Equitable Language Resources

No matter your organization’s mission or purpose, we all have an opportunity and responsibility to be on the side of striving for justice and opposing systemic forms of abuse, inequity, and oppression. This work can start with a commitment to use equitable language in our grant proposals and other donor communications that empowers, rather than disempowers, the people and groups our organizations engage and serve.

Grants Plus Guide to Equitable Language

Download five suggestions from Grants Plus for deploying equitable language in your grant proposals and other organizational materials. 

Guide to Equitable Language Image

Other Equitable Language Resources

Explore a variety of guides from across the social good sector for deploying inclusive and equitable language.


More Than Numbers: A Guide Toward Diversity, Equity, and Inclusion in Data Collection


American Psychological Association: Bias-Free Language Guide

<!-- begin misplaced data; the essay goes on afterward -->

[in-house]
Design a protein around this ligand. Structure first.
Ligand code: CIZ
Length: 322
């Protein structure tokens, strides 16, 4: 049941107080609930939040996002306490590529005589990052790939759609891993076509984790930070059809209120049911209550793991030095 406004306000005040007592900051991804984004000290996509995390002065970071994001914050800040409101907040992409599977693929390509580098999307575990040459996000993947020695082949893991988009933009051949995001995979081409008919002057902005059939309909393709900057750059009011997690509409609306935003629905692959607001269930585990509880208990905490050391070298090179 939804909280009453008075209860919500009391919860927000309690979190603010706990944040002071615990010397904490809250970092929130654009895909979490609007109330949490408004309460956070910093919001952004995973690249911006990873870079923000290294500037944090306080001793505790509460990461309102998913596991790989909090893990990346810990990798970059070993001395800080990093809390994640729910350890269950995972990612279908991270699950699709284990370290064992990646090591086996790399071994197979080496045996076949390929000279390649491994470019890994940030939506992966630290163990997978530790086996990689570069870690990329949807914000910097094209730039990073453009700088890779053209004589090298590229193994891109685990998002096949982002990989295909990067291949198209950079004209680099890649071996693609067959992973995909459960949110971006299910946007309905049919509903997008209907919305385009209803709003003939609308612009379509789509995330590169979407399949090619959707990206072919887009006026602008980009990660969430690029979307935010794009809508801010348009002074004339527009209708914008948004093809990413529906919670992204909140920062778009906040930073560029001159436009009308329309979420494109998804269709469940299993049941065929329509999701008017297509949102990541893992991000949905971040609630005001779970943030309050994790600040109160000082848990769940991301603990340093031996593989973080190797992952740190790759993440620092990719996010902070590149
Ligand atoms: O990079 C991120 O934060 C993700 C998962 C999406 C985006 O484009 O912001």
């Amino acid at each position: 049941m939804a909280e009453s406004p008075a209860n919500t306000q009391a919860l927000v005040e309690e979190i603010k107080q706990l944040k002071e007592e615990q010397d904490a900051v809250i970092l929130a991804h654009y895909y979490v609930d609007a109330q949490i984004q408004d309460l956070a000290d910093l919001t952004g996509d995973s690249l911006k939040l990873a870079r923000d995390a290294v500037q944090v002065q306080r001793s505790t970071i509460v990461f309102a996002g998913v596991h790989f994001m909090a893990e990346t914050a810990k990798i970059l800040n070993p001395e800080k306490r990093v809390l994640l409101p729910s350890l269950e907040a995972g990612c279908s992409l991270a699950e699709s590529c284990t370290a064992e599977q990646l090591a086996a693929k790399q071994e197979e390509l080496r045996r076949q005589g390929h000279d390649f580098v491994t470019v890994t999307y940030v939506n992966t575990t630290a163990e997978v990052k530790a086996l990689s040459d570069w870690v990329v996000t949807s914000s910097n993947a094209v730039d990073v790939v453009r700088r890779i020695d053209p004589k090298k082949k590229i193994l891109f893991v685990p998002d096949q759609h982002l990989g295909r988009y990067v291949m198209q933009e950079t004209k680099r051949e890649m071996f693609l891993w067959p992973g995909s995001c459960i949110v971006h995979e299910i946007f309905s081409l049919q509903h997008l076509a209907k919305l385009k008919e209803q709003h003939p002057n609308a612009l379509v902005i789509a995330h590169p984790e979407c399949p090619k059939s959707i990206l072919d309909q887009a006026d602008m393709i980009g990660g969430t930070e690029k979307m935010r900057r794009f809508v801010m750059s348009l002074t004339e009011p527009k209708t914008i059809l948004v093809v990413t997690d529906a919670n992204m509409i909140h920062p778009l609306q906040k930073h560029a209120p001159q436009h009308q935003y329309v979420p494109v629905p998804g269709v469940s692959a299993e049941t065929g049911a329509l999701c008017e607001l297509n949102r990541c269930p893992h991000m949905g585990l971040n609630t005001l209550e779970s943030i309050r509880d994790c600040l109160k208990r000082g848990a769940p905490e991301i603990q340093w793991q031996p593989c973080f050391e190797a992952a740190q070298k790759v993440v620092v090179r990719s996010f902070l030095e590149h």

ADA National Network: Guidelines for Writing About People with Disabilities 


A Progressive's Style Guide



GLAAD: An Ally's Guide to Terminology


The National Assembly of State Arts Agencies: Inclusive Language Guide


Shelterforce: Guide to Racially Loaded Community Planning and Development Terms

Other Resources

The Racial Equity Institute

REI's Groundwater training provides training that helps individuals and organizations identify structural racism.

Harvard University's Project Implicit

Project Implicit provides a variety of tests that allow individuals to assess their own internal biases on race, gender, age, and other factors. Recognizing one's own biases can be a first step toward addressing them personally and in our work.

Philanthropic Initiative for Racial Equity

The Initiative's Grantmaking With a Racial Justice Lens guide provides useful tools for funders that are interested in implementing structural changes that lead to racial equity.

Philanthropy Ohio's Putting Racism on the Table Series

This series helps philanthropists (including foundations) explore the role they can play in addressing racial inequity.

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